Britain destined for Olympic success?
Can Olympic success come to Team GB?
Depending on who you ask, the answer is definitely yes or definitely no. There is a mystical sense that anything's possible, across the whole of the UK, with the camp dividing between those who think that the UK can never achieve anything and those who think that this time will be different. The two camps that either assume England can't win at football or that it will certainly win the Cup, and the two camps that either assume Andy Murray won't get into the quarter-finals or assume that he will be world number one in a matter of months.
The two lines rarely cross; people tend to either assume that any given athlete will do well, every competition, or assume she/he is poor - and keep that mentality for every competition. Perhaps, however, I'm about to shock you when I say that I have always been a cynic (that's not the shocking bit) who actually thinks Britain will do well in the coming Olympics.
It's easy to look at our football team and scoff, or bask in the celebration of a rare rugby tournament triumph, or assume that we're the underdogs in the Ashes no matter the circumstances... but Brits are much more happy with how we perform at cycling, at sailing, at rowing - and I'm sitting on that side of the fence for once.
And there's good reason for it. In Beijing, I had written us off as only going to win in those events, with no other hopes - but I was proved wrong as Team GB came in at fourth place. Building on that success, and with home advantage behind us, I have made my slightly optimistic prediction of what is to come.
Total: 75 medals
This represents a leap of about 50%, mostly in silvers and bronzes, from 2008, which I think is fair given the amount of attention, money and advantage that the competitors have been, and will be given. It would push Britain up into third place, ahead of Russia but behind the USA and China.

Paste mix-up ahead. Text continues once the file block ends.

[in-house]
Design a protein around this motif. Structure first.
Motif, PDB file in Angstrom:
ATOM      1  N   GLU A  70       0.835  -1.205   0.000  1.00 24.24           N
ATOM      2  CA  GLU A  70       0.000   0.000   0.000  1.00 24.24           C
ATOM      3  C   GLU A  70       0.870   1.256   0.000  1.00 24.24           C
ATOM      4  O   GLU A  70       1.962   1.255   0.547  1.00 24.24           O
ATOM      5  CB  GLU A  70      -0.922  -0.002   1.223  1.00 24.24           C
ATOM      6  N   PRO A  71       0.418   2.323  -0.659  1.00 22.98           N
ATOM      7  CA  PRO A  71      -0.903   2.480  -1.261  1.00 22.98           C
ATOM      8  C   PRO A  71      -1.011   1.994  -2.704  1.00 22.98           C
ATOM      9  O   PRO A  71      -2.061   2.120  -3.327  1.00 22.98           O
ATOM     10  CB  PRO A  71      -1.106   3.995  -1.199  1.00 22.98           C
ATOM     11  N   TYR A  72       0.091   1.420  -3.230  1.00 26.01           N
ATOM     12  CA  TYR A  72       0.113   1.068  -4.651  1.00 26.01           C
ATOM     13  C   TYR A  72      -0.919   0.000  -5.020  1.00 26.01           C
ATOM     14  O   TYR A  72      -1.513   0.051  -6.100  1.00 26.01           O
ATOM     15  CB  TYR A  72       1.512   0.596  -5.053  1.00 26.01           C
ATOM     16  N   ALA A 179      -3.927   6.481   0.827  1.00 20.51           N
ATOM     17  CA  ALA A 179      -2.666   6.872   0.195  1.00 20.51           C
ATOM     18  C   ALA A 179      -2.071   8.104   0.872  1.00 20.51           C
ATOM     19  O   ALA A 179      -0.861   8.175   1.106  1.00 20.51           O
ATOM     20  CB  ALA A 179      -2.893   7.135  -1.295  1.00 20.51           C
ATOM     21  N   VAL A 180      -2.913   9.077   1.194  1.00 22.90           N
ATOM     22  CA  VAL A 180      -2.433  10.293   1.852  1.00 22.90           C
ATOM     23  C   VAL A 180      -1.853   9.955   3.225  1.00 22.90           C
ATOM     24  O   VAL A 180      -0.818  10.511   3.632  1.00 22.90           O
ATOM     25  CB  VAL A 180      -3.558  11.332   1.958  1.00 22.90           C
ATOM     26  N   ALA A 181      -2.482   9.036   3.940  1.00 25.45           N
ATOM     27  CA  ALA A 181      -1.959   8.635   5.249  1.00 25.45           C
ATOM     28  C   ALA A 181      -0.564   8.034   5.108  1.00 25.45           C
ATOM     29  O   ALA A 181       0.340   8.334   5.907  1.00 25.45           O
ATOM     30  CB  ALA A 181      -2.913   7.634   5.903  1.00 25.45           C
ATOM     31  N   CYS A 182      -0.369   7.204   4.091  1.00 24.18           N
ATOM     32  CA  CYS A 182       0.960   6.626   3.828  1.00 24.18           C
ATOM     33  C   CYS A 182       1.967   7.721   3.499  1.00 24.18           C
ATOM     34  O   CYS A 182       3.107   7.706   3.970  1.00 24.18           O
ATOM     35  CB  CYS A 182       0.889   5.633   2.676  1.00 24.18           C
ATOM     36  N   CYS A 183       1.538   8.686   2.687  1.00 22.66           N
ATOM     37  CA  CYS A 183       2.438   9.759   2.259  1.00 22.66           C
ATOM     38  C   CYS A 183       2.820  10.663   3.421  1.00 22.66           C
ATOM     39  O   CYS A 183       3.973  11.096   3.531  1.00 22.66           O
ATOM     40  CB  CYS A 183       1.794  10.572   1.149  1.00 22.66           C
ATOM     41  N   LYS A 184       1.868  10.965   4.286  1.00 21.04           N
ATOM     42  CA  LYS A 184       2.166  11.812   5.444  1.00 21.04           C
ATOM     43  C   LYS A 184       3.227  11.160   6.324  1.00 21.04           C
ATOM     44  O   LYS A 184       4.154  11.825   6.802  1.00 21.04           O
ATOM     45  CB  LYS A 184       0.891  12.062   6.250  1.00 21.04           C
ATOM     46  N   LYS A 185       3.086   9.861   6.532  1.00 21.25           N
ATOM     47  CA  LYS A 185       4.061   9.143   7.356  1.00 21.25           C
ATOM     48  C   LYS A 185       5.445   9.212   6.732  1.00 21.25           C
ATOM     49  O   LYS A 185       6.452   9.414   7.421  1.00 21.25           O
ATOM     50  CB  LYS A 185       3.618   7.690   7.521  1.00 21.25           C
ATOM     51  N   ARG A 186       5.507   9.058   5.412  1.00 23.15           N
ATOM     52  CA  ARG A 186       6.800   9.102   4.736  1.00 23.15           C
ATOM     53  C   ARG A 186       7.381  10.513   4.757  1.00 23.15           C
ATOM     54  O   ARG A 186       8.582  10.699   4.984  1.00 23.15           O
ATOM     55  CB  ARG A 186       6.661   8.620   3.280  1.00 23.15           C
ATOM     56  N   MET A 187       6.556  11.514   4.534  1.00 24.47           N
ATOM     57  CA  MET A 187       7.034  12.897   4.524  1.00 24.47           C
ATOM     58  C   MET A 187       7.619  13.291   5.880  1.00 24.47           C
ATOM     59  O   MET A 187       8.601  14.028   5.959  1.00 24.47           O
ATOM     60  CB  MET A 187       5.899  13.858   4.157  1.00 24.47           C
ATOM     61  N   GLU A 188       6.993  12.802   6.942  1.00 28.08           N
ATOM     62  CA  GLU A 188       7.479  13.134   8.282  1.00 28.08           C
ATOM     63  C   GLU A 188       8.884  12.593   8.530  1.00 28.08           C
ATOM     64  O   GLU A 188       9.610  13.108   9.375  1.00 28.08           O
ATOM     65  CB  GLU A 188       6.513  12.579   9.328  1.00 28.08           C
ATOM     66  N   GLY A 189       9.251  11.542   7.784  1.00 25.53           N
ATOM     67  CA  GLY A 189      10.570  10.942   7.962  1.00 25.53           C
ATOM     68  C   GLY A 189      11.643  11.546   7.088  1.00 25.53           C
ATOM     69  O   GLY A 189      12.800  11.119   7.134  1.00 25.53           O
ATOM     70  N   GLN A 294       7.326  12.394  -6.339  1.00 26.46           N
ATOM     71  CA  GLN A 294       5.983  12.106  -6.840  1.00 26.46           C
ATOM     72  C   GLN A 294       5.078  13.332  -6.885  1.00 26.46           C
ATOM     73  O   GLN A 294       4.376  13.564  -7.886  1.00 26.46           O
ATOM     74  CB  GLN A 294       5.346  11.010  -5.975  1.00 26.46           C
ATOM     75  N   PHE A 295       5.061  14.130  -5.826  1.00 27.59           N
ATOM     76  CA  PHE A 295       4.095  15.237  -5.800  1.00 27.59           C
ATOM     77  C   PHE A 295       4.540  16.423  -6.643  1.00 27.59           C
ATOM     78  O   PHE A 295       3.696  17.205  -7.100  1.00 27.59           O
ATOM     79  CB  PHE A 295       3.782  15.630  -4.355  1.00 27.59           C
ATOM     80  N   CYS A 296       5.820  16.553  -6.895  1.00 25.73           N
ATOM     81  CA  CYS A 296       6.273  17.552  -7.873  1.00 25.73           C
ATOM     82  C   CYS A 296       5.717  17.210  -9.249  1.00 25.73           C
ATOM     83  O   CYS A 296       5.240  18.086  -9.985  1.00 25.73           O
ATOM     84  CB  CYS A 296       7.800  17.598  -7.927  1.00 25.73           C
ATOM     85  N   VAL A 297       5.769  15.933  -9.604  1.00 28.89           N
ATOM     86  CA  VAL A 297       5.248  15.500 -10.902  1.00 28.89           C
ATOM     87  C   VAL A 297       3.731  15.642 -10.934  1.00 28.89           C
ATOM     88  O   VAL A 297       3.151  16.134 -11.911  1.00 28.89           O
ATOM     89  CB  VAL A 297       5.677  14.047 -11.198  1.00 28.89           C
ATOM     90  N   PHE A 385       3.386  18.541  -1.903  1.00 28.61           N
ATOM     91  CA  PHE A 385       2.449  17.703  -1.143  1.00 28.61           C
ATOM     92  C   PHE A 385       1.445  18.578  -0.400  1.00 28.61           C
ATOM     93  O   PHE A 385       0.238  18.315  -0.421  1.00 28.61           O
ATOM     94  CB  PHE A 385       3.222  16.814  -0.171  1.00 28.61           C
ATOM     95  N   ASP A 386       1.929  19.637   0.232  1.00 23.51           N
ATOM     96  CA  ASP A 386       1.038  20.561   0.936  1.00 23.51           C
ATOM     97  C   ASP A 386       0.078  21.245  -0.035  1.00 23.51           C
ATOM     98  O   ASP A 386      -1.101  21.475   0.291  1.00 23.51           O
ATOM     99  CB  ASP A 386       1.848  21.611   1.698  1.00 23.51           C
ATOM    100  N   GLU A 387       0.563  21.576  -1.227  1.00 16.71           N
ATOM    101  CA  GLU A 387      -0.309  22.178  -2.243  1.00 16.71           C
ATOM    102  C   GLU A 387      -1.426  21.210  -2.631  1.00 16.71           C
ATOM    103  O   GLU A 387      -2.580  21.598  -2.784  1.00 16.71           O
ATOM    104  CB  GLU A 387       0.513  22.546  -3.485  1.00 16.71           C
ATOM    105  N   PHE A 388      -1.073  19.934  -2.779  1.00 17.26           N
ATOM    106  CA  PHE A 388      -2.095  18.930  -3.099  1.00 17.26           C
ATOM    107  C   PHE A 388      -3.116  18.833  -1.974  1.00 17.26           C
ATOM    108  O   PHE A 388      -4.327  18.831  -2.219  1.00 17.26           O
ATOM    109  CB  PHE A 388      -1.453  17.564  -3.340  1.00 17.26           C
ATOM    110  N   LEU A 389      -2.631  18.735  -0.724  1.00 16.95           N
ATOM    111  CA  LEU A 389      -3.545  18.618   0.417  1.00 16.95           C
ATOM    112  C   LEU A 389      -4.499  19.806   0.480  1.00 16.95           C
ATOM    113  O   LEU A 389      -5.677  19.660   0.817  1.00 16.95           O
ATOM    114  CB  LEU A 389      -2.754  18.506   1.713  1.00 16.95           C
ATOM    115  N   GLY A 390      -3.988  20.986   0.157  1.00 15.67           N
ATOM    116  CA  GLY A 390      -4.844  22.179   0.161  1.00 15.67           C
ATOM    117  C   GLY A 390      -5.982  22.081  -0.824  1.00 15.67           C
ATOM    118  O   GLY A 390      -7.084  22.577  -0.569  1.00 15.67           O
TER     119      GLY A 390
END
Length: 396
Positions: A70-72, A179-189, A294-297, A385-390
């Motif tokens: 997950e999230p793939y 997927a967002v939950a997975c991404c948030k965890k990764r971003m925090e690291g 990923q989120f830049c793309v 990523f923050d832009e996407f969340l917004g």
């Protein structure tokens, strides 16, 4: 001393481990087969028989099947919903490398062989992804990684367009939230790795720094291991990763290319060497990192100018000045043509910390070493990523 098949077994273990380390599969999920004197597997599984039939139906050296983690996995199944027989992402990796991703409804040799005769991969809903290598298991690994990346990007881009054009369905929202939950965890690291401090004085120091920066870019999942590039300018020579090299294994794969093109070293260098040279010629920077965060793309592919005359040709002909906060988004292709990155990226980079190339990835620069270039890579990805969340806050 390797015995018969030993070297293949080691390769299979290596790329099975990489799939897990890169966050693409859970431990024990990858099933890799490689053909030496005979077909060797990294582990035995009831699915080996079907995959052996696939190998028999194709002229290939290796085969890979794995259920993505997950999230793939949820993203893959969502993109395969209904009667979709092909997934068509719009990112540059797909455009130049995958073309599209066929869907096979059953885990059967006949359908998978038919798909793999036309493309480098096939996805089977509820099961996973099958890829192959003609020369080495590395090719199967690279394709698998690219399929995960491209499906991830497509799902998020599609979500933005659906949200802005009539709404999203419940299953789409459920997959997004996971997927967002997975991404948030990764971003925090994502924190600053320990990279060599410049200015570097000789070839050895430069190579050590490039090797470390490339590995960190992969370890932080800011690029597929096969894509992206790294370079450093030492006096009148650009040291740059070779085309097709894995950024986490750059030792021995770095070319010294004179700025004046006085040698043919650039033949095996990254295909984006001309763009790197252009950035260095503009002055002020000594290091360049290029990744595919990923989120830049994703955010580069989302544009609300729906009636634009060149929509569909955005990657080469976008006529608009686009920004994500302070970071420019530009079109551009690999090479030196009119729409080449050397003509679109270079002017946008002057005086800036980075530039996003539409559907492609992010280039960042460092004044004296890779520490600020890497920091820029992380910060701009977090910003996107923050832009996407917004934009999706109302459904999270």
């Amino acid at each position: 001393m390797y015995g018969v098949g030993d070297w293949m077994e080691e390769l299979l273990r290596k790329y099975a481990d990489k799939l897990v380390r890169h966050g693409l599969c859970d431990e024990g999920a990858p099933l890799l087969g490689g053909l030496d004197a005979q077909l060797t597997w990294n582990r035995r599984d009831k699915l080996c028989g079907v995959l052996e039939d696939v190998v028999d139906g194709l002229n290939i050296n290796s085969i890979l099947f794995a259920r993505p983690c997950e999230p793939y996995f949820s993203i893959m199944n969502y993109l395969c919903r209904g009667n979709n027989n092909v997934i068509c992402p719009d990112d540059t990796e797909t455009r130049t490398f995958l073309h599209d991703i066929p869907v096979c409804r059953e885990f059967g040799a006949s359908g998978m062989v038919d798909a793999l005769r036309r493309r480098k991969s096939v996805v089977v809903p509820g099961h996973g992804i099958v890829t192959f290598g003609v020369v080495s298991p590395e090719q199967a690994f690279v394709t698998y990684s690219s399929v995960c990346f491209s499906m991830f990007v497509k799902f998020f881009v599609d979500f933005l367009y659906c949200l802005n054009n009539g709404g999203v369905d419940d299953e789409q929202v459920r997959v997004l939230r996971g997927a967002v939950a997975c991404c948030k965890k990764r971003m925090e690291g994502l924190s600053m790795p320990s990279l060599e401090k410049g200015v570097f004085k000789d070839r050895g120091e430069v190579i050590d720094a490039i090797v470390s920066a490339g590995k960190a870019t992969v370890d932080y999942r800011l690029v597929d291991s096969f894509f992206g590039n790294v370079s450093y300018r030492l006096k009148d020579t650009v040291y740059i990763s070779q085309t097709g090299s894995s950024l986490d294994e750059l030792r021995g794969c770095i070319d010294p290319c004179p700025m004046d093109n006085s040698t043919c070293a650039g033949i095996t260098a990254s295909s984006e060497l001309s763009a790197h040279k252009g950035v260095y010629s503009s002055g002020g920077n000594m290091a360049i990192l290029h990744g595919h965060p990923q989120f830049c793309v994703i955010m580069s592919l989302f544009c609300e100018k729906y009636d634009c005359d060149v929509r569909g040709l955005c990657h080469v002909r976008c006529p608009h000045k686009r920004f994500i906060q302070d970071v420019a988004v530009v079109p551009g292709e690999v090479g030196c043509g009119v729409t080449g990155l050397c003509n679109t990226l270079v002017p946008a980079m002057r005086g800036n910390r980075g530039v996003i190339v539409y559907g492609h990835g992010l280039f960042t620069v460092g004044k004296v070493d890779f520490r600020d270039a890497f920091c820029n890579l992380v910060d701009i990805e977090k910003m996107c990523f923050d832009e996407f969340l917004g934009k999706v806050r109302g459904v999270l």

It would represent the first time that Britain broke into the top three since the 1920 Olympics, and the only time we got more than fifty medals outside London's 1908 Olympics over a century ago. It is certainly a bold prediction - but, at the same time, it predicts the same number of gold medals as the last Olympics, and is certainly a reachable target.
We'd need some luck, but I'm confident that we can impress on the world stage and, at the very least bag fourth place despite sitting as the 22nd largest country by population. Anything in the top four would be a major achievement, but bagging third place on the tables chart would really show the world Britain's best.
And I think we can do it.
The big scorers: Eleven (five gold, three silver and three bronze) medals for Britain in the cycling; ten medals (two gold, two silver, six bronze) in Athletics; eight (three gold, two silver, three bronze) in swimming and eight (two gold, three silver, three bronze) for rowing.
The moderate scorers: Six (two gold, two silver, two bronze) in sailing, five medals (two gold, one silver, two bronze) in boxing and five medals (one gold, two silver, two bronze) in equestrian with four medals (one gold, one silver, two bronze) for canoeing.
The lower scorers: Three (one of each) in gymnastics and three (one silver and two bronze) in taekwondo. Two silvers in the triathlon and two bronzes in each of pentathlon and tennis.
The lone winners: One silver for hockey, and one bronze for each of archery, badminton, football, judo and shooting. No medals for handball, volleyball, water polo, fencing, weightlifting, basketball, table tennis or wrestling.